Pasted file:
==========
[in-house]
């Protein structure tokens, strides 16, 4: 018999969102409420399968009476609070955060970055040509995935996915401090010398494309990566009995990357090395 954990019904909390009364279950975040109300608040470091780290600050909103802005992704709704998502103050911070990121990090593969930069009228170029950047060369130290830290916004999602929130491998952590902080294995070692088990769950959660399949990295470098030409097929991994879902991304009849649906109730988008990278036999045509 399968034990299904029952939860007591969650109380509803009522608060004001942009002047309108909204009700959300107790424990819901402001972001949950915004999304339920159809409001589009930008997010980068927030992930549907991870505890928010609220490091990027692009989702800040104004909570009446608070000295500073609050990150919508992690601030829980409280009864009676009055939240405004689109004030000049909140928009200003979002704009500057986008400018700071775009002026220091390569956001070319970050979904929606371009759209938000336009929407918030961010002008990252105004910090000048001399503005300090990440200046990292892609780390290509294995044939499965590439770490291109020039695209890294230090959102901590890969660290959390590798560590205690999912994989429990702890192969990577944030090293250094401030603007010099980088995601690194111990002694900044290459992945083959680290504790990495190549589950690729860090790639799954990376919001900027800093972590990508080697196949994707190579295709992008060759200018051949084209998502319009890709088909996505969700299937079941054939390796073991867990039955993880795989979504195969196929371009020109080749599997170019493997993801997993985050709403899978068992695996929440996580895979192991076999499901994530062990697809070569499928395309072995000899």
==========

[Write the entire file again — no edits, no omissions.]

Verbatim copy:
[in-house]
């Protein structure tokens, strides 16, 4: 018999969102409420399968009476609070955060970055040509995935996915401090010398494309990566009995990357090395 954990019904909390009364279950975040109300608040470091780290600050909103802005992704709704998502103050911070990121990090593969930069009228170029950047060369130290830290916004999602929130491998952590902080294995070692088990769950959660399949990295470098030409097929991994879902991304009849649906109730988008990278036999045509 399968034990299904029952939860007591969650109380509803009522608060004001942009002047309108909204009700959300107790424990819901402001972001949950915004999304339920159809409001589009930008997010980068927030992930549907991870505890928010609220490091990027692009989702800040104004909570009446608070000295500073609050990150919508992690601030829980409280009864009676009055939240405004689109004030000049909140928009200003979002704009500057986008400018700071775009002026220091390569956001070319970050979904929606371009759209938000336009929407918030961010002008990252105004910090000048001399503005300090990440200046990292892609780390290509294995044939499965590439770490291109020039695209890294230090959102901590890969660290959390590798560590205690999912994989429990702890192969990577944030090293250094401030603007010099980088995601690194111990002694900044290459992945083959680290504790990495190549589950690729860090790639799954990376919001900027800093972590990508080697196949994707190579295709992008060759200018051949084209998502319009890709088909996505969700299937079941054939390796073991867990039955993880795989979504195969196929371009020109080749599997170019493997993801997993985050709403899978068992695996929440996580895979192991076999499901994530062990697809070569499928395309072995000899």